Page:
There is a certain irony in watching two American passions, one old and one new, collide and find it difficult to co-exist. Such appears to be the case for social media and the Southeastern Conference. Considered the proud daddy of a handful of powerhouse football teams, the regional United States collegiate sports association has made its mark in university-level athletics, bringing names such as Paul “Bear” Bryant, Bobby and Terry Bowden, and “Shug” Jordan to mind. As devoted as Buckeye fans may think themselves to be, they have nothing on the beef-eating farm boys of Alabama who know the life histories of Jesus and Bear Bryant before they can walk. These die-hard fans wean their babies off the bottle with Georgia Bulldog sippy cups, while some proudly carry their Florida State handbags and wallets. They are serious about their sports. As such, they like to talk about the SEC a lot. Lifelong season-ticket holders who proudly shout the latest results of the game from the tailgate party to the family member at home with a broken leg have embraced communications technology as a method of being able to exchange information about their team at a moment’s notice from their bright orange telephones playing a blaring version of Tennessee’s fight song. As Daniel Howell and Sean Garmer reported in College News on August 15th, ticket-holding fans of the Southeastern Conference can still have their phones at games and sports events, but they better not try to use the video camera on them.
The week of August 15, 2009, the Southeastern Conference, one of the most revered, yet feared, college sports associations in the United States, announced it would take as much legal action as permitted against ticket-holding fans who sent updates of sporting events to social media sites like Twitter and Facebook, from the sporting event. In other words, no tweeting the score, no posting the latest player injury to Facebook. The decision was met with much protest from fans who had become accustomed to using the latest gadgetry to inundate their lives with team news and trappings in every possible way. They were not going to relinquish their new toys so easily. According to an article posted August 18, 2009 by Adam Ostrow of Mashable.com, the SEC has come to a temporary, tentative resolution amidst all the uproar about its incendiary decision. After much discord, the edict was amended to reflect the association’s intent for there to be no live video made by fans at any sporting events. The fans are allowed to send updates to social media sites such as Twitter and Facebook using “brief descriptions” of the event. They are not, however, permitted to make any “real-time, live video” of the event. Fans may take photographs at the events, but they are not allowed to sell the photographs.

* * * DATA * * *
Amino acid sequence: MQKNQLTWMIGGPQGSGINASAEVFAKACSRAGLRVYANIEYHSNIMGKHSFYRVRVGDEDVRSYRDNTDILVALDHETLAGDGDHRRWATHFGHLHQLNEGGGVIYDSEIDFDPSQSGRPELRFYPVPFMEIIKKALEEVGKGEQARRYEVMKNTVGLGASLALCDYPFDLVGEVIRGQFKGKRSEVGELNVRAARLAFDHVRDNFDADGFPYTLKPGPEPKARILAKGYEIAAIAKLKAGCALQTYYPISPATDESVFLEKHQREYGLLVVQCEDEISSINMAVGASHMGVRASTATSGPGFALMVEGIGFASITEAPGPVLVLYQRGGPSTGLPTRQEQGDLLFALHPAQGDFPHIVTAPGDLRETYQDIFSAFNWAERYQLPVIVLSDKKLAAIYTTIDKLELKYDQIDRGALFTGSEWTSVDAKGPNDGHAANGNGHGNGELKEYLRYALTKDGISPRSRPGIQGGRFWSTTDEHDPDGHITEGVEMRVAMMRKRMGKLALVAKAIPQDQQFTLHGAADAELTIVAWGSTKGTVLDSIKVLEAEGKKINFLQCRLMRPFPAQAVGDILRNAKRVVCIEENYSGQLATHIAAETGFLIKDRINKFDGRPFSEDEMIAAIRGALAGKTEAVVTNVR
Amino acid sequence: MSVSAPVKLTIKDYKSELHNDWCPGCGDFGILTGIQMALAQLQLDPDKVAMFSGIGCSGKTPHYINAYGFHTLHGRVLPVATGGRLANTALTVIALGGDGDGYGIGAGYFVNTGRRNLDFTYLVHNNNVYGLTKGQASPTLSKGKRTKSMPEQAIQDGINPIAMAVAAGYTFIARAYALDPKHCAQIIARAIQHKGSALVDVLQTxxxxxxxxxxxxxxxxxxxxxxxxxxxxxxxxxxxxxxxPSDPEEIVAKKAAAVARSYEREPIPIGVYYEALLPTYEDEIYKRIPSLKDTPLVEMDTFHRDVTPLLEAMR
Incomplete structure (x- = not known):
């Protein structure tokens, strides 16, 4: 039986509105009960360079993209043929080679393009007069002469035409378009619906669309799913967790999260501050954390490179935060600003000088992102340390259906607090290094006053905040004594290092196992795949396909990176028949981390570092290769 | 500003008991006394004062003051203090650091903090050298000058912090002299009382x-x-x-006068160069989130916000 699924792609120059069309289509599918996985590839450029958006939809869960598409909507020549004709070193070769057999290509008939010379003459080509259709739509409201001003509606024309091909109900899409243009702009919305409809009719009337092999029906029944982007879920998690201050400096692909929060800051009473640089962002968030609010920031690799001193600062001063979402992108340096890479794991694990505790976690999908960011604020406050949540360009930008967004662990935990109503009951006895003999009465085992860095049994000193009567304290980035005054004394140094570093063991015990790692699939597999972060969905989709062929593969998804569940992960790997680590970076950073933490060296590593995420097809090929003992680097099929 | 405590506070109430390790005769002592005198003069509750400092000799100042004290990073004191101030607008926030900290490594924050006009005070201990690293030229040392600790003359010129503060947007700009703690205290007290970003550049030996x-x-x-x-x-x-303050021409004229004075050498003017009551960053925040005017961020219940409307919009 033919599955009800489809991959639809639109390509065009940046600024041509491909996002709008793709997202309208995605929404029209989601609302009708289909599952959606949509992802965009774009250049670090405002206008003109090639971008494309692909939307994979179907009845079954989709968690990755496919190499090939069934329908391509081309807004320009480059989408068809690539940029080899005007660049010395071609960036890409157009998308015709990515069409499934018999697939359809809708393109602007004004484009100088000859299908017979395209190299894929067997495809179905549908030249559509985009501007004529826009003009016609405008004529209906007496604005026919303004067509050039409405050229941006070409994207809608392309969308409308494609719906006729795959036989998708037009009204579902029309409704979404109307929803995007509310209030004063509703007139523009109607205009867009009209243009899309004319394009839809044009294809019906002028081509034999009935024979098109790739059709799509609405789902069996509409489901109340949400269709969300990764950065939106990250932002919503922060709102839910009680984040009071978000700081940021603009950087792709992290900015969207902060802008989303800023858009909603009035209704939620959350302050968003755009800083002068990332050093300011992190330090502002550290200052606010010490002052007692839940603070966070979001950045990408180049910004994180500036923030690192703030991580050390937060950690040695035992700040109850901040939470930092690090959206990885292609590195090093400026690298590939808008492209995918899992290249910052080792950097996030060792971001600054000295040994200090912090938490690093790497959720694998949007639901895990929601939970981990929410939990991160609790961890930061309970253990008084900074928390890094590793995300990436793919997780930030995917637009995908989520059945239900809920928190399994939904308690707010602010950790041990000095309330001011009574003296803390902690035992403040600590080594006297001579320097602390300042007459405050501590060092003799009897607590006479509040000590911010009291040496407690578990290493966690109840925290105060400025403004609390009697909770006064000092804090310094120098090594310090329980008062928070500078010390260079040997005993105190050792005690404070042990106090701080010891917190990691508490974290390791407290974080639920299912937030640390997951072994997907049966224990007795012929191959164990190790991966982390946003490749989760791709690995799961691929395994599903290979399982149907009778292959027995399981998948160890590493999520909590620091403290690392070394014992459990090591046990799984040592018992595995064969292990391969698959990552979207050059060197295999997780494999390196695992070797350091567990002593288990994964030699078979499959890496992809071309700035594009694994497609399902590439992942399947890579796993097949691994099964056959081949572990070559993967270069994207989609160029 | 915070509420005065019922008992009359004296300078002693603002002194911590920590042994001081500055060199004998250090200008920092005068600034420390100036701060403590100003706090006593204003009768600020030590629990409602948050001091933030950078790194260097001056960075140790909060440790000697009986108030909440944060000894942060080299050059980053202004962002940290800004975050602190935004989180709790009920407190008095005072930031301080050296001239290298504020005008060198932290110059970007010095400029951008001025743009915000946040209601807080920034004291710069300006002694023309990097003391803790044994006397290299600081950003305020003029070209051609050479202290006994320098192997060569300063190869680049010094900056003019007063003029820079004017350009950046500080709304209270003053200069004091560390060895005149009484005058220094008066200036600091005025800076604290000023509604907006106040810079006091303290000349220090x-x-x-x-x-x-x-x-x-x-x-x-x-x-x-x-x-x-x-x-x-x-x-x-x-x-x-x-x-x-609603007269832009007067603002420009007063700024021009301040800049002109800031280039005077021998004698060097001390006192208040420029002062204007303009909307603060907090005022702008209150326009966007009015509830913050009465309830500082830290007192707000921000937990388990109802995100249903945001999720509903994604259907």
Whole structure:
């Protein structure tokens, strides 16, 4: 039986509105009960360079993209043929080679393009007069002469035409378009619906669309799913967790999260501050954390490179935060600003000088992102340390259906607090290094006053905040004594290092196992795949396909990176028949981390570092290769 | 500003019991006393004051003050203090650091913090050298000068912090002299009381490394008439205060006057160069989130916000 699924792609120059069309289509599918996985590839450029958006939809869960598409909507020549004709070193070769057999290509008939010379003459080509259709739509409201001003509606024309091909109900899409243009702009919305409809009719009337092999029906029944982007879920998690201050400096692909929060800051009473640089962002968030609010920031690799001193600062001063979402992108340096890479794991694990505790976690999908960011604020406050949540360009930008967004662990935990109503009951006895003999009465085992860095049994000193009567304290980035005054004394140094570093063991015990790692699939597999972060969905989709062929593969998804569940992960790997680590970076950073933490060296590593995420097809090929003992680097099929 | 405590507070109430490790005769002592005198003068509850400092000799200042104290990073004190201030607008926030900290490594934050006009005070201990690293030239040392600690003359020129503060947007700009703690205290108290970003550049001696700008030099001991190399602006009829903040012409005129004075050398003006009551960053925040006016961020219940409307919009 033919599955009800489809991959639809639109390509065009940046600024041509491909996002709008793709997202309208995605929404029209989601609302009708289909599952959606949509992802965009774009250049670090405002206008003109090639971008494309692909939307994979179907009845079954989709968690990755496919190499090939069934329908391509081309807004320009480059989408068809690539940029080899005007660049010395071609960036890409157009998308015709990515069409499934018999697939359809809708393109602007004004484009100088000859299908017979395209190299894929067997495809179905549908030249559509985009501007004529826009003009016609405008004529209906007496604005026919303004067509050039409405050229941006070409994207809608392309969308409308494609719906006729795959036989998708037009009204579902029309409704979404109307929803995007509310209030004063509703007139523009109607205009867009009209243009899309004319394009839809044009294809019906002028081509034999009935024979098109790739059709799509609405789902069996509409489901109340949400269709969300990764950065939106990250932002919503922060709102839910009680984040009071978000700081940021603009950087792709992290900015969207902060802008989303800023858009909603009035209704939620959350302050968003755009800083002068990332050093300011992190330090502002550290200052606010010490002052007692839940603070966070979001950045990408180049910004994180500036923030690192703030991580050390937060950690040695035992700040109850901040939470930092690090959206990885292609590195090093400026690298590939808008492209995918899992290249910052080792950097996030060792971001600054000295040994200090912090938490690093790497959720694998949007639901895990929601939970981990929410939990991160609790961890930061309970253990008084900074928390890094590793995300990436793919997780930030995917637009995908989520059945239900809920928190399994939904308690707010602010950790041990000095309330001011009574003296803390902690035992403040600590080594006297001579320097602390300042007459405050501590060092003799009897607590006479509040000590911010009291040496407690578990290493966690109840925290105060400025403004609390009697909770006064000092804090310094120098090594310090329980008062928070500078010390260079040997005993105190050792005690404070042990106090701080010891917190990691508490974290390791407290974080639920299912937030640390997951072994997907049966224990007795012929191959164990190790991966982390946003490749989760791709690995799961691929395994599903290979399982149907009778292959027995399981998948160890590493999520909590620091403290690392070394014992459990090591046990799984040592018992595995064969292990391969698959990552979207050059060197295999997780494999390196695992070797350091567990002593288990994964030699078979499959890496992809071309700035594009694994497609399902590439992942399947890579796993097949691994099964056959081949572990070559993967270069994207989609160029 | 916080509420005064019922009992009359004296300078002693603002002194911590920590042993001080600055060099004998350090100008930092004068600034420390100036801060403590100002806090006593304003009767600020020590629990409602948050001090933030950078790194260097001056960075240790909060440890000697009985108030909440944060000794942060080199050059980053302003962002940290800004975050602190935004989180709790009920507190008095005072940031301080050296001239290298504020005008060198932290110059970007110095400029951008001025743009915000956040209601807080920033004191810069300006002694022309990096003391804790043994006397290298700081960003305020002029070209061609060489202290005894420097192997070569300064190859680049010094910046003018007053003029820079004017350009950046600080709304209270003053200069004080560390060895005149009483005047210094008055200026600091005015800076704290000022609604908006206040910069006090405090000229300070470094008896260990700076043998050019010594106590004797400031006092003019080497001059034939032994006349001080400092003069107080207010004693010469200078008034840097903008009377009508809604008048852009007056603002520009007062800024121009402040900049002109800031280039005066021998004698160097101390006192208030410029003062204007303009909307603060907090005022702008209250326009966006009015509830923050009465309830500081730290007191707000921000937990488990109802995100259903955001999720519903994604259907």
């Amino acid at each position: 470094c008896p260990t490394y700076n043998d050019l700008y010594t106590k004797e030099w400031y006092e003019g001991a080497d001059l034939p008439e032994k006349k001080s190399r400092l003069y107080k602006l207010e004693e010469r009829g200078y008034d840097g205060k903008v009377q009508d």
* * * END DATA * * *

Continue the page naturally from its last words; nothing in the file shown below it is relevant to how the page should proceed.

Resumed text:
The Southeastern Conference is trying to protect its brand, that is understandable. It is working to prevent its product from being sold on the black market. Other companies are taking more extreme measures to protect their brand and market appeal from unforeseen dangers in the social media realm. ESPN, for instance, has informed its employees they are only permitted to post sports news relating to the channel on Twitter. They have been instructed to monitor what they and others post to their Facebook pages that might be considered inappropriate or cast ESPN in a poor light. They are reminded they are representatives of the company, and their actions might reflect on the ESPN image.
As social media grows and expands in a never-ending display of wonderful new gadgetry and toys, it is going to be all the more important for businesses and individuals to protect their private interests. There is of course, the other side of the story. Where do individuals’ rights to free speech overlap businesses’ rights to protect their image and their trade secrets?
Trina L. Grant is a social media blogger and professional freelance writer. For more samples of her writing, visit her blog, Destination Freelance. To find out more about social media and Twitter check out Trina’s website.
Image courtesy sxc/dimitri